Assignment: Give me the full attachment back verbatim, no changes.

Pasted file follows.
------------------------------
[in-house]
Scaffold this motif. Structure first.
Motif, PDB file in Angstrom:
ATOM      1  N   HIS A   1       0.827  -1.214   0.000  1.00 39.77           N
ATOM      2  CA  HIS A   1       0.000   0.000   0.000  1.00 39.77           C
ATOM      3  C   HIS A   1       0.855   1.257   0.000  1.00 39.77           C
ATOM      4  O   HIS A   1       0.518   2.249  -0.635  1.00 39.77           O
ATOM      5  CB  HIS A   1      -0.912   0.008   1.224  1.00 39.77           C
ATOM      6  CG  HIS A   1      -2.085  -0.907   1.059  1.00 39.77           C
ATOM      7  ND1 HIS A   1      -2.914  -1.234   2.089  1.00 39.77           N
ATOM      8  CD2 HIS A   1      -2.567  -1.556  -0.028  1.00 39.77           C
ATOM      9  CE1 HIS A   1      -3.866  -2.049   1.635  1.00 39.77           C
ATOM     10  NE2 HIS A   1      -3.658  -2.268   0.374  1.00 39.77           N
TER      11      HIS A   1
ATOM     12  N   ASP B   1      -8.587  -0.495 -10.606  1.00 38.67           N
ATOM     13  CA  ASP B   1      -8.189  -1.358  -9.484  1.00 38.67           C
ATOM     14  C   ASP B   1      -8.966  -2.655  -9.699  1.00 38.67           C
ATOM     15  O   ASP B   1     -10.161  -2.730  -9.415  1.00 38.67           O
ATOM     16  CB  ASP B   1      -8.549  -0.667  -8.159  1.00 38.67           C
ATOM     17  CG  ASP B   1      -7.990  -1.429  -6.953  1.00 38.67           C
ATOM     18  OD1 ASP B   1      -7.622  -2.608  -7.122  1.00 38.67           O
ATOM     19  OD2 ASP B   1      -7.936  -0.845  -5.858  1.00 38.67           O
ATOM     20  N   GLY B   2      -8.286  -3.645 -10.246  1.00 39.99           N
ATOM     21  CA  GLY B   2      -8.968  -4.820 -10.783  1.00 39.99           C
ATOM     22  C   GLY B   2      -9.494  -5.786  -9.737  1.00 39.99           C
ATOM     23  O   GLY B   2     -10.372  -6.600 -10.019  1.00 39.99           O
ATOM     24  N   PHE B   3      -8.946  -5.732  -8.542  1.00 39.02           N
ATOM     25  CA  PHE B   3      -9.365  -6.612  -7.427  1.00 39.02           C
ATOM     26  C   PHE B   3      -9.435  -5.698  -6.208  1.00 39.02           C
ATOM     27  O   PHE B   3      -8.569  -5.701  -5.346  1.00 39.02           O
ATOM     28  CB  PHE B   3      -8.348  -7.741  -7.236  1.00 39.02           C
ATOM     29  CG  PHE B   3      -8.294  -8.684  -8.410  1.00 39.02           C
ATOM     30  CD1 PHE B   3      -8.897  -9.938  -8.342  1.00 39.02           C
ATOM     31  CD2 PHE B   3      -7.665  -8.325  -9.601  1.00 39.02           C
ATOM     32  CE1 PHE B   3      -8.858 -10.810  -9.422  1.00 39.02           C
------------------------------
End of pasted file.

[in-house]
Scaffold this motif. Structure first.
Motif, PDB file in Angstrom:
ATOM      1  N   HIS A   1       0.827  -1.214   0.000  1.00 39.77           N
ATOM      2  CA  HIS A   1       0.000   0.000   0.000  1.00 39.77           C
ATOM      3  C   HIS A   1       0.855   1.257   0.000  1.00 39.77           C
ATOM      4  O   HIS A   1       0.518   2.249  -0.635  1.00 39.77           O
ATOM      5  CB  HIS A   1      -0.912   0.008   1.224  1.00 39.77           C
ATOM      6  CG  HIS A   1      -2.085  -0.907   1.059  1.00 39.77           C
ATOM      7  ND1 HIS A   1      -2.914  -1.234   2.089  1.00 39.77           N
ATOM      8  CD2 HIS A   1      -2.567  -1.556  -0.028  1.00 39.77           C
ATOM      9  CE1 HIS A   1      -3.866  -2.049   1.635  1.00 39.77           C
ATOM     10  NE2 HIS A   1      -3.658  -2.268   0.374  1.00 39.77           N
TER      11      HIS A   1
ATOM     12  N   ASP B   1      -8.587  -0.495 -10.606  1.00 38.67           N
ATOM     13  CA  ASP B   1      -8.189  -1.358  -9.484  1.00 38.67           C
ATOM     14  C   ASP B   1      -8.966  -2.655  -9.699  1.00 38.67           C
ATOM     15  O   ASP B   1     -10.161  -2.730  -9.415  1.00 38.67           O
ATOM     16  CB  ASP B   1      -8.549  -0.667  -8.159  1.00 38.67           C
ATOM     17  CG  ASP B   1      -7.990  -1.429  -6.953  1.00 38.67           C
ATOM     18  OD1 ASP B   1      -7.622  -2.608  -7.122  1.00 38.67           O
ATOM     19  OD2 ASP B   1      -7.936  -0.845  -5.858  1.00 38.67           O
ATOM     20  N   GLY B   2      -8.286  -3.645 -10.246  1.00 39.99           N
ATOM     21  CA  GLY B   2      -8.968  -4.820 -10.783  1.00 39.99           C
ATOM     22  C   GLY B   2      -9.494  -5.786  -9.737  1.00 39.99           C
ATOM     23  O   GLY B   2     -10.372  -6.600 -10.019  1.00 39.99           O
ATOM     24  N   PHE B   3      -8.946  -5.732  -8.542  1.00 39.02           N
ATOM     25  CA  PHE B   3      -9.365  -6.612  -7.427  1.00 39.02           C
ATOM     26  C   PHE B   3      -9.435  -5.698  -6.208  1.00 39.02           C
ATOM     27  O   PHE B   3      -8.569  -5.701  -5.346  1.00 39.02           O
ATOM     28  CB  PHE B   3      -8.348  -7.741  -7.236  1.00 39.02           C
ATOM     29  CG  PHE B   3      -8.294  -8.684  -8.410  1.00 39.02           C
ATOM     30  CD1 PHE B   3      -8.897  -9.938  -8.342  1.00 39.02           C
ATOM     31  CD2 PHE B   3      -7.665  -8.325  -9.601  1.00 39.02           C
ATOM     32  CE1 PHE B   3      -8.858 -10.810  -9.422  1.00 39.02           C